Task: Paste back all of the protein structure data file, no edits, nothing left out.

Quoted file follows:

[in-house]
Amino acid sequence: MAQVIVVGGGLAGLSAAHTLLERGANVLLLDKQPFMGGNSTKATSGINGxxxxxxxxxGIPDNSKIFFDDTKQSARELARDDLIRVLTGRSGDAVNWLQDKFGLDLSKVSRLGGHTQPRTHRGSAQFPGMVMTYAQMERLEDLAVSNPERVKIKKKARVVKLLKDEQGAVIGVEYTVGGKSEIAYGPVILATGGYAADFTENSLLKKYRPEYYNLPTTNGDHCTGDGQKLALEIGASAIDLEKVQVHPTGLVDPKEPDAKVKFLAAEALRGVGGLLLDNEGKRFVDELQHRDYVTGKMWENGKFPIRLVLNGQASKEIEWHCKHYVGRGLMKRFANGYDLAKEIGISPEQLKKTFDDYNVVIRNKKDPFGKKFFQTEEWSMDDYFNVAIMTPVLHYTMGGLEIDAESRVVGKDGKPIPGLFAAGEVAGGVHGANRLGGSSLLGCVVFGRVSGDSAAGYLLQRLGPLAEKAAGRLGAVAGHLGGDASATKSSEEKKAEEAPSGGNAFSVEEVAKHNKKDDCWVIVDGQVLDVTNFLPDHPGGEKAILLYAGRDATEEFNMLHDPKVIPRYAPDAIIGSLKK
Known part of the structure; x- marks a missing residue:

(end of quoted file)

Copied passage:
[in-house]
Amino acid sequence: MAQVIVVGGGLAGLSAAHTLLERGANVLLLDKQPFMGGNSTKATSGINGxxxxxxxxxGIPDNSKIFFDDTKQSARELARDDLIRVLTGRSGDAVNWLQDKFGLDLSKVSRLGGHTQPRTHRGSAQFPGMVMTYAQMERLEDLAVSNPERVKIKKKARVVKLLKDEQGAVIGVEYTVGGKSEIAYGPVILATGGYAADFTENSLLKKYRPEYYNLPTTNGDHCTGDGQKLALEIGASAIDLEKVQVHPTGLVDPKEPDAKVKFLAAEALRGVGGLLLDNEGKRFVDELQHRDYVTGKMWENGKFPIRLVLNGQASKEIEWHCKHYVGRGLMKRFANGYDLAKEIGISPEQLKKTFDDYNVVIRNKKDPFGKKFFQTEEWSMDDYFNVAIMTPVLHYTMGGLEIDAESRVVGKDGKPIPGLFAAGEVAGGVHGANRLGGSSLLGCVVFGRVSGDSAAGYLLQRLGPLAEKAAGRLGAVAGHLGGDASATKSSEEKKAEEAPSGGNAFSVEEVAKHNKKDDCWVIVDGQVLDVTNFLPDHPGGEKAILLYAGRDATEEFNMLHDPKVIPRYAPDAIIGSLKK
Known part of the structure; x- marks a missing residue: